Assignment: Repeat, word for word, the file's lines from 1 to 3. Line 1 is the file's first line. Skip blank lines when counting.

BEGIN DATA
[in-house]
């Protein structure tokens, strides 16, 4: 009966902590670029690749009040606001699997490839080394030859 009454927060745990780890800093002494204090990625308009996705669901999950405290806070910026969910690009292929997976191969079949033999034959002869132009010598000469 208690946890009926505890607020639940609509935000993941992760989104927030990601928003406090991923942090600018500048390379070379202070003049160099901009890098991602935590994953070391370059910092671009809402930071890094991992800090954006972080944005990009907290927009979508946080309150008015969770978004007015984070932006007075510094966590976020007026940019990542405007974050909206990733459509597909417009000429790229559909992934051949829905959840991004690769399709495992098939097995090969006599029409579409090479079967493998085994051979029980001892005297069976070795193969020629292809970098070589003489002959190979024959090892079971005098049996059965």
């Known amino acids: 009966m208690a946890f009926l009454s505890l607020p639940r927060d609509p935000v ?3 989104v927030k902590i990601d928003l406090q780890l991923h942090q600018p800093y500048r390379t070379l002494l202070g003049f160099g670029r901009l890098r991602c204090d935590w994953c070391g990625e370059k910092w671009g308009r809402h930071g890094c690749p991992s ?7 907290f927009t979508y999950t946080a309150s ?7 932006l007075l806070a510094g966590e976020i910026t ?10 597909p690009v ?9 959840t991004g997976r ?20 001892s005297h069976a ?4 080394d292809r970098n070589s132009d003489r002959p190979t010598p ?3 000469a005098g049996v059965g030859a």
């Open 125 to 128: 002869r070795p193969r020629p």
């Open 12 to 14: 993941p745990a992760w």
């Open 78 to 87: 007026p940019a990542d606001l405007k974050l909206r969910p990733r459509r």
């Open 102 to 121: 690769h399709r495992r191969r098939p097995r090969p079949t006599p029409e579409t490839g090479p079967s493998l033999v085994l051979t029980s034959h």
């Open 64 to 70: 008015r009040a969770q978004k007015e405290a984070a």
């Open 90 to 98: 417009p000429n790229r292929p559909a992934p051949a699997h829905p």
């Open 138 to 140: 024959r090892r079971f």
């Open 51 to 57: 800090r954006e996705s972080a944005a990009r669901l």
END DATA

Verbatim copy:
[in-house]
């Protein structure tokens, strides 16, 4: 009966902590670029690749009040606001699997490839080394030859 009454927060745990780890800093002494204090990625308009996705669901999950405290806070910026969910690009292929997976191969079949033999034959002869132009010598000469 208690946890009926505890607020639940609509935000993941992760989104927030990601928003406090991923942090600018500048390379070379202070003049160099901009890098991602935590994953070391370059910092671009809402930071890094991992800090954006972080944005990009907290927009979508946080309150008015969770978004007015984070932006007075510094966590976020007026940019990542405007974050909206990733459509597909417009000429790229559909992934051949829905959840991004690769399709495992098939097995090969006599029409579409090479079967493998085994051979029980001892005297069976070795193969020629292809970098070589003489002959190979024959090892079971005098049996059965």
């Known amino acids: 009966m208690a946890f009926l009454s505890l607020p639940r927060d609509p935000v ?3 989104v927030k902590i990601d928003l406090q780890l991923h942090q600018p800093y500048r390379t070379l002494l202070g003049f160099g670029r901009l890098r991602c204090d935590w994953c070391g990625e370059k910092w671009g308009r809402h930071g890094c690749p991992s ?7 907290f927009t979508y999950t946080a309150s ?7 932006l007075l806070a510094g966590e976020i910026t ?10 597909p690009v ?9 959840t991004g997976r ?20 001892s005297h069976a ?4 080394d292809r970098n070589s132009d003489r002959p190979t010598p ?3 000469a005098g049996v059965g030859a």